Biography can be difficult to achieve. There is the balance between too much detail, where one can’t see the wood for the family trees, or not enough, which can be disappointing all round. One also bears in mind possible antipathy: Sigmund Freud, who famously began burning his personal papers at twenty-nine, was dismissive of future chroniclers: ‘As for biographers, I am already looking forward to seeing them go astray.’ Consider, then, the work involved in writing a family biography, where the factors of histories, stories, lives, facts, checks, and balances are dauntingly multiplied across generations, within and without direct recollection, and are not always easily resolved.
Such was the task facing Brenda Niall who, by utilising one theme, has succeeded where she might well have come off second-best. Her magnificent survey of the Boyd family starts with a series of questions: Where to begin? How to structure a narrative covering one hundred and fifty years and five generations? Who to include or exclude? Where to stop? Niall, who had a head start with her 1988 biography of the novelist Boyd, Martin, had considered a wider-ranging biography of the others – the painters, potters, architects, musicians, writers, and the other myriad artisans of this astonishingly creative family – but no ideas of how to build their history into anything other than a cluttered, over-detailed book. Then an epiphany: ‘the idea of the family house as a recurring motif in Boyd history.’ This stirred Niall’s memory of a conversation she had in 1976 with the American biographer of Henry James, Leon Edel, who was writing a biography of the Bloomsbury group:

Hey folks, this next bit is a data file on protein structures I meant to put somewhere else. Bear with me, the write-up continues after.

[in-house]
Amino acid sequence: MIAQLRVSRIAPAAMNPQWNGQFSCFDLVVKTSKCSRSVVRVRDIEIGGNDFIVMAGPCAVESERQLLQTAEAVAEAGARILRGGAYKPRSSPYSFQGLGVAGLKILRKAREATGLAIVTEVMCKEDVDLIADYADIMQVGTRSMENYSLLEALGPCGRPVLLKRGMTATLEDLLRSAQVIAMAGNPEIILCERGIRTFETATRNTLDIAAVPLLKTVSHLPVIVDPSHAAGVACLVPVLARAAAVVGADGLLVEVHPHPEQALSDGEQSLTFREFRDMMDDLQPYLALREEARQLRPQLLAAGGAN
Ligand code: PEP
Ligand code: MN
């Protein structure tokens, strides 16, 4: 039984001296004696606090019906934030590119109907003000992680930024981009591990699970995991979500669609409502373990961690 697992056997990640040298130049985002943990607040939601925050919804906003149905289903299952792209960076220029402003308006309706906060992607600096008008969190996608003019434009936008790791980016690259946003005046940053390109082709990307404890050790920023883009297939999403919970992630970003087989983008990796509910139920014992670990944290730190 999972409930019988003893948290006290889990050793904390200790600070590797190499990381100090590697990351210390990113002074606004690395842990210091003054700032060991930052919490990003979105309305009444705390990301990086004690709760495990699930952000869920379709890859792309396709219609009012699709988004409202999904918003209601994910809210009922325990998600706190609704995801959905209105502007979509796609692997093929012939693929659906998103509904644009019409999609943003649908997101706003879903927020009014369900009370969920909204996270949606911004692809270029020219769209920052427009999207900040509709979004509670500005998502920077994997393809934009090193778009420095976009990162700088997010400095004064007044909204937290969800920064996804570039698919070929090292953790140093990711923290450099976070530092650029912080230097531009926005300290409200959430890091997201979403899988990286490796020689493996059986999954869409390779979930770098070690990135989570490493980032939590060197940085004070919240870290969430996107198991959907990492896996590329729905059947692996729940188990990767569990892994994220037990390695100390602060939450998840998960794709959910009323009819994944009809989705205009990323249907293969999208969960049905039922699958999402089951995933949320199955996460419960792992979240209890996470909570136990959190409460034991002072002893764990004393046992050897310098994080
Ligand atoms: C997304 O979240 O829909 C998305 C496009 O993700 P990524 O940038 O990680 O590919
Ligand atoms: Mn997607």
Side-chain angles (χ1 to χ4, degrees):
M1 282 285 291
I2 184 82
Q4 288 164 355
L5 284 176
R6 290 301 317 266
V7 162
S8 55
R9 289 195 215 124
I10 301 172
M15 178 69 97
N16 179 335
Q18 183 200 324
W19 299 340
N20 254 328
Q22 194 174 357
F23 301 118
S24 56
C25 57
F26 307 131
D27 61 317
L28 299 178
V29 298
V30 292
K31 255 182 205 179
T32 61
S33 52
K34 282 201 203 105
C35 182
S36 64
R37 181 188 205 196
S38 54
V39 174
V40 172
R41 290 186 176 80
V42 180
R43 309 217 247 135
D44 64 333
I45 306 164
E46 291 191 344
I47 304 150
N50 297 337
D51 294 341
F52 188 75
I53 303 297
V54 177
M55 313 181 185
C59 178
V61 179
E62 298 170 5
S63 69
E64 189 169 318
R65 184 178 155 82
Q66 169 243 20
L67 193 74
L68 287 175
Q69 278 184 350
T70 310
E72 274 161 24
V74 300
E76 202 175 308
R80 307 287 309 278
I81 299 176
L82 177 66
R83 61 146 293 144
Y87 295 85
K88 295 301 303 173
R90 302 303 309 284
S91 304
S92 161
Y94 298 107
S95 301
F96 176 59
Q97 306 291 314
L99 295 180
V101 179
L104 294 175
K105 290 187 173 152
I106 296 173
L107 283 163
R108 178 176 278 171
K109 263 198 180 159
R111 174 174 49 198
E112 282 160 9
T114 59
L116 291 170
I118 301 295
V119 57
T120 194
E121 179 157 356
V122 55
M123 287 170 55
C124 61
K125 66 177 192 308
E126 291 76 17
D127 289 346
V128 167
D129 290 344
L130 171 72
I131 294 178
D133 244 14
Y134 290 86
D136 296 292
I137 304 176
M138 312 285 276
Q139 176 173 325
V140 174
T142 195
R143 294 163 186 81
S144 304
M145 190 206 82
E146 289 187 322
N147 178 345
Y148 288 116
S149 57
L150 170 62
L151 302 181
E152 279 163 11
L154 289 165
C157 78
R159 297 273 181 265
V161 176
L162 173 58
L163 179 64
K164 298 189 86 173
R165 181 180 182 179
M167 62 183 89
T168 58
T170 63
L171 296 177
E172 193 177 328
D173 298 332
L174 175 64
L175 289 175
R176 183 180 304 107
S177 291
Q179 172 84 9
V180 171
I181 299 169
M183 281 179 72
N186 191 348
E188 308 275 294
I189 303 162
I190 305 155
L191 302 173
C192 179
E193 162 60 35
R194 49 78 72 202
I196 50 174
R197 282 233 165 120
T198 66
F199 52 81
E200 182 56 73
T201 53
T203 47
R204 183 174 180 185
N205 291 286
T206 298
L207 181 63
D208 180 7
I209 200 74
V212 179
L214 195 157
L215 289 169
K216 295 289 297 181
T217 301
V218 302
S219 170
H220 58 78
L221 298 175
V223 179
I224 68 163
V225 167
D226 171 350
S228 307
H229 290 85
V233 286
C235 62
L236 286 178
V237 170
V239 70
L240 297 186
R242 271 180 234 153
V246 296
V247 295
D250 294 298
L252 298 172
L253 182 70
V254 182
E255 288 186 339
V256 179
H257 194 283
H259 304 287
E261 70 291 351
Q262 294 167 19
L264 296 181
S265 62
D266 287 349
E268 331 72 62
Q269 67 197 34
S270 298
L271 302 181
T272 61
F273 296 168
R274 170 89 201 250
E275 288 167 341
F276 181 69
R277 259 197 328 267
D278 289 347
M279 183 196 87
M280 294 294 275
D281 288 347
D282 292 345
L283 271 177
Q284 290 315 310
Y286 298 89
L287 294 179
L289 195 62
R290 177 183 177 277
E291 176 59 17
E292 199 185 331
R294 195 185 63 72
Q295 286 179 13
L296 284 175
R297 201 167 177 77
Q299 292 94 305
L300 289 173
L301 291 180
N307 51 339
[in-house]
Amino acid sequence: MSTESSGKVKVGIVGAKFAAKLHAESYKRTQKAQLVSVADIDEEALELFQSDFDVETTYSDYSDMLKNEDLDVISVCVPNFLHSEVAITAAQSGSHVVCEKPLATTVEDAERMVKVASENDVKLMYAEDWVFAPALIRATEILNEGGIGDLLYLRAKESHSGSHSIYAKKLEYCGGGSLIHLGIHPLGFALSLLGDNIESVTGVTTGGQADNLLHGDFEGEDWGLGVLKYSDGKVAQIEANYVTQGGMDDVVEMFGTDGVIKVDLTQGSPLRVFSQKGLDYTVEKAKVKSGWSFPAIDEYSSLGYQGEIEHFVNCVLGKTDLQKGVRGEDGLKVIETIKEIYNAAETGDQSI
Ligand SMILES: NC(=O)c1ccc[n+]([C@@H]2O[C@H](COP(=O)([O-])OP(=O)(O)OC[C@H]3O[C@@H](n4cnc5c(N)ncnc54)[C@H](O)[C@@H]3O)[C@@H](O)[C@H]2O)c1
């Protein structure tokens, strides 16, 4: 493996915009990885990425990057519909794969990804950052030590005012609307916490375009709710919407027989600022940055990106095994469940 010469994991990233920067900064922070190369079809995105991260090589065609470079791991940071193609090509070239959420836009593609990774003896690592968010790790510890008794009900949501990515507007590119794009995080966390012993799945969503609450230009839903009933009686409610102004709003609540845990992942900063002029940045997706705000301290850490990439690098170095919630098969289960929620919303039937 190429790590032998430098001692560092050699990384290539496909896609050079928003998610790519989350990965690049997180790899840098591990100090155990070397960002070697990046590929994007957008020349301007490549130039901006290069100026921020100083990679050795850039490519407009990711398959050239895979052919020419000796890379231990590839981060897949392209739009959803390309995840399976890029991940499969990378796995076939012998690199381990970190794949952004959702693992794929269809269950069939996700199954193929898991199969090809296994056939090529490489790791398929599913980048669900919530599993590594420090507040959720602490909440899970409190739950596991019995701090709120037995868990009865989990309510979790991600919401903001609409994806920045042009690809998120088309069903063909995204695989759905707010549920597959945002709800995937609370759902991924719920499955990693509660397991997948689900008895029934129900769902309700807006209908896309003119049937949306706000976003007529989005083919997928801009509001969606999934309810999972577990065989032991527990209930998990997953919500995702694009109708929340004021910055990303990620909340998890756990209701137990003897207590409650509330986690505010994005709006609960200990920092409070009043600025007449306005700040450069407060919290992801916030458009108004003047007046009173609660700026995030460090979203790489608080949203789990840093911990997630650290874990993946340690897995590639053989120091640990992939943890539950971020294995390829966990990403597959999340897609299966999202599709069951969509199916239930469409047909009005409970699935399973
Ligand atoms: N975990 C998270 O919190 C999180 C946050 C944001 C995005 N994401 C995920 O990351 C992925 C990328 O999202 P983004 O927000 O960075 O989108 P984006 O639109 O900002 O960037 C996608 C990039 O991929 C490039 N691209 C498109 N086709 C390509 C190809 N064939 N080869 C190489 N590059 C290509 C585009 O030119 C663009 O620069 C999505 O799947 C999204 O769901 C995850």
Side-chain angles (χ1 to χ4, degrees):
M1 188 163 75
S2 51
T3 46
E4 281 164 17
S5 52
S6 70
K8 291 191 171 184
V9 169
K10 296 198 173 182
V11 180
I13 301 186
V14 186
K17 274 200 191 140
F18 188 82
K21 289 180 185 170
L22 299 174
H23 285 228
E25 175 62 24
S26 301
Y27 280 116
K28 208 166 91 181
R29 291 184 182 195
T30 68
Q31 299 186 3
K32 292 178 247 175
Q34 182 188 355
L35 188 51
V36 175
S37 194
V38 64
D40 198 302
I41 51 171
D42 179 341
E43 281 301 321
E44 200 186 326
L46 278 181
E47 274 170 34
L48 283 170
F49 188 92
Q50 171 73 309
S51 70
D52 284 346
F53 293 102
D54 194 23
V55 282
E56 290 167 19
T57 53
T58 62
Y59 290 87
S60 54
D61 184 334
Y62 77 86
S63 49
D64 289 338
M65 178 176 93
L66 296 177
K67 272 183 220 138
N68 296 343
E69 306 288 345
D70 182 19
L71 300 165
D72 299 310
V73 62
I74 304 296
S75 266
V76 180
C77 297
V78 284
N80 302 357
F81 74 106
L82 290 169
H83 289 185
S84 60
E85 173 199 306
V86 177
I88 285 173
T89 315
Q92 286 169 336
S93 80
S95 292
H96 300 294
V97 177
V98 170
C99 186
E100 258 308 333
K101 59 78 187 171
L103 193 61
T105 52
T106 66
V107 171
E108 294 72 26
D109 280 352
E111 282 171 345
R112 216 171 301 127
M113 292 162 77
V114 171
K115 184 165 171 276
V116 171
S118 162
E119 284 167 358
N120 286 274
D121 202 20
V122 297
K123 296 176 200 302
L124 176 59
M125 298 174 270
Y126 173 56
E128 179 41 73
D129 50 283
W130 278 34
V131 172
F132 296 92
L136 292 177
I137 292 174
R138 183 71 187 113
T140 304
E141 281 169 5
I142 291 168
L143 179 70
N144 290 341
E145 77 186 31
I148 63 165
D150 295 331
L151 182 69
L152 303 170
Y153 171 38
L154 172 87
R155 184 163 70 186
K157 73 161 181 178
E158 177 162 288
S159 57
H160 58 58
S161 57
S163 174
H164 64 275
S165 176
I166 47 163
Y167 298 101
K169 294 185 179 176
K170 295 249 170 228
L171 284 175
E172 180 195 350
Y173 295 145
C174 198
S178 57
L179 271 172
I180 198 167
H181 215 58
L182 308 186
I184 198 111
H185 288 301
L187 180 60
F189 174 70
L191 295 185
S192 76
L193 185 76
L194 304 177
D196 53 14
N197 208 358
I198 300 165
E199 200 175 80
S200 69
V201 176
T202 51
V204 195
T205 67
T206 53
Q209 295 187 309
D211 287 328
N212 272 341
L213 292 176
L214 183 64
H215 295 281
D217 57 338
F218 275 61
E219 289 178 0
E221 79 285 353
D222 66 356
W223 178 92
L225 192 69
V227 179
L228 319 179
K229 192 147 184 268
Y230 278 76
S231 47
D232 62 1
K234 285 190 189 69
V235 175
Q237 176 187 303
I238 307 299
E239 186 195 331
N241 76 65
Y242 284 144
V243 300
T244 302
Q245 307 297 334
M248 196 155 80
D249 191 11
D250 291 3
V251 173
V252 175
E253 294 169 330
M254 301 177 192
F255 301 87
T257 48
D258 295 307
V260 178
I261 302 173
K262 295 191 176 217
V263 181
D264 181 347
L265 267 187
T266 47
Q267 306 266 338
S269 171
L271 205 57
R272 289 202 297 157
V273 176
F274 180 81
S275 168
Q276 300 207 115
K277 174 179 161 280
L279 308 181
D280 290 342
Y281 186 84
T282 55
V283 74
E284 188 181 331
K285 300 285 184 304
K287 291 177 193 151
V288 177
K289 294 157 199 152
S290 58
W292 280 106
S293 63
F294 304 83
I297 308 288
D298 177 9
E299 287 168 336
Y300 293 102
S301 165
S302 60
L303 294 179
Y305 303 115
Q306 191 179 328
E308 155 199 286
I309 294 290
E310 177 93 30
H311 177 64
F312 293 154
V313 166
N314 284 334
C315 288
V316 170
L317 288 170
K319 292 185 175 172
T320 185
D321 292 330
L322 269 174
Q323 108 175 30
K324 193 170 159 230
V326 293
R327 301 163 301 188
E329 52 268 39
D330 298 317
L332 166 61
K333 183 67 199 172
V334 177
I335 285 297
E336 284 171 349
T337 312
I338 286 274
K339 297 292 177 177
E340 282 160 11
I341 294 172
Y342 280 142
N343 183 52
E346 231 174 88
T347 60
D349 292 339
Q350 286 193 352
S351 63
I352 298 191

Edel had nine characters moving towards the ‘house’ that was Bloomsbury, and he did not attempt a ‘cradle to grave’ narrative for any one of them. His way of using interlocking chapters rather than strict chronology was a useful example. The Boyd story offered a sequence of family houses, each of which expressed an individual, a way of life, a time and place.